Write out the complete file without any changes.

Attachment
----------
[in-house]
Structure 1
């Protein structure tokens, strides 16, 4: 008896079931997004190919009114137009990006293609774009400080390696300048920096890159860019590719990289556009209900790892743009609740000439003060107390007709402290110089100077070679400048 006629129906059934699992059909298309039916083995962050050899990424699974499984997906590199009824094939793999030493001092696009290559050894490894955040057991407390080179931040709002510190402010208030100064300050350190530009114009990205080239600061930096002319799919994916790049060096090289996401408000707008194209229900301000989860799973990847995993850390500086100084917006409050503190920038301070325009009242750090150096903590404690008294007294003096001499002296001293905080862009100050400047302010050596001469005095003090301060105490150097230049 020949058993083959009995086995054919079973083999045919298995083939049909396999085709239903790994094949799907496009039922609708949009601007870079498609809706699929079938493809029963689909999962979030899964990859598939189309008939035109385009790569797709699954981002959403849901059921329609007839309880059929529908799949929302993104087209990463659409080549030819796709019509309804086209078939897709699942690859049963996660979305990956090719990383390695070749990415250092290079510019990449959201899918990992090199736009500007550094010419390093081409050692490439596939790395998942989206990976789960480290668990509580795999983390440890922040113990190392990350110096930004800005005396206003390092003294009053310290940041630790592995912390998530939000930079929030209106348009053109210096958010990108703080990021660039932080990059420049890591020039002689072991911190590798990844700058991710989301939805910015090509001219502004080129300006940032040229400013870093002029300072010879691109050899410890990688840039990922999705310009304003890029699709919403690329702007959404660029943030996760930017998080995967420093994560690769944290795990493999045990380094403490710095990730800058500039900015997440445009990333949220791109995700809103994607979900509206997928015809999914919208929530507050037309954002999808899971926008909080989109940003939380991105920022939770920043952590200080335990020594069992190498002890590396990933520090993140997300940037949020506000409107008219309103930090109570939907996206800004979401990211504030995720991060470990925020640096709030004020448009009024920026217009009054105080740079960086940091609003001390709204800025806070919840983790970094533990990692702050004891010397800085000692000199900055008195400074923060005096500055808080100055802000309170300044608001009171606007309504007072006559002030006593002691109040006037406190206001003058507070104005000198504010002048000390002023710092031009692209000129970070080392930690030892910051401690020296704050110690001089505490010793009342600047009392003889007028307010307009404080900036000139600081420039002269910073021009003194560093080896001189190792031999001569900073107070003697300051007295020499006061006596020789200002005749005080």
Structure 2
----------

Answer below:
[in-house]
Structure 1
């Protein structure tokens, strides 16, 4: 008896079931997004190919009114137009990006293609774009400080390696300048920096890159860019590719990289556009209900790892743009609740000439003060107390007709402290110089100077070679400048 006629129906059934699992059909298309039916083995962050050899990424699974499984997906590199009824094939793999030493001092696009290559050894490894955040057991407390080179931040709002510190402010208030100064300050350190530009114009990205080239600061930096002319799919994916790049060096090289996401408000707008194209229900301000989860799973990847995993850390500086100084917006409050503190920038301070325009009242750090150096903590404690008294007294003096001499002296001293905080862009100050400047302010050596001469005095003090301060105490150097230049 020949058993083959009995086995054919079973083999045919298995083939049909396999085709239903790994094949799907496009039922609708949009601007870079498609809706699929079938493809029963689909999962979030899964990859598939189309008939035109385009790569797709699954981002959403849901059921329609007839309880059929529908799949929302993104087209990463659409080549030819796709019509309804086209078939897709699942690859049963996660979305990956090719990383390695070749990415250092290079510019990449959201899918990992090199736009500007550094010419390093081409050692490439596939790395998942989206990976789960480290668990509580795999983390440890922040113990190392990350110096930004800005005396206003390092003294009053310290940041630790592995912390998530939000930079929030209106348009053109210096958010990108703080990021660039932080990059420049890591020039002689072991911190590798990844700058991710989301939805910015090509001219502004080129300006940032040229400013870093002029300072010879691109050899410890990688840039990922999705310009304003890029699709919403690329702007959404660029943030996760930017998080995967420093994560690769944290795990493999045990380094403490710095990730800058500039900015997440445009990333949220791109995700809103994607979900509206997928015809999914919208929530507050037309954002999808899971926008909080989109940003939380991105920022939770920043952590200080335990020594069992190498002890590396990933520090993140997300940037949020506000409107008219309103930090109570939907996206800004979401990211504030995720991060470990925020640096709030004020448009009024920026217009009054105080740079960086940091609003001390709204800025806070919840983790970094533990990692702050004891010397800085000692000199900055008195400074923060005096500055808080100055802000309170300044608001009171606007309504007072006559002030006593002691109040006037406190206001003058507070104005000198504010002048000390002023710092031009692209000129970070080392930690030892910051401690020296704050110690001089505490010793009342600047009392003889007028307010307009404080900036000139600081420039002269910073021009003194560093080896001189190792031999001569900073107070003697300051007295020499006061006596020789200002005749005080």
Structure 2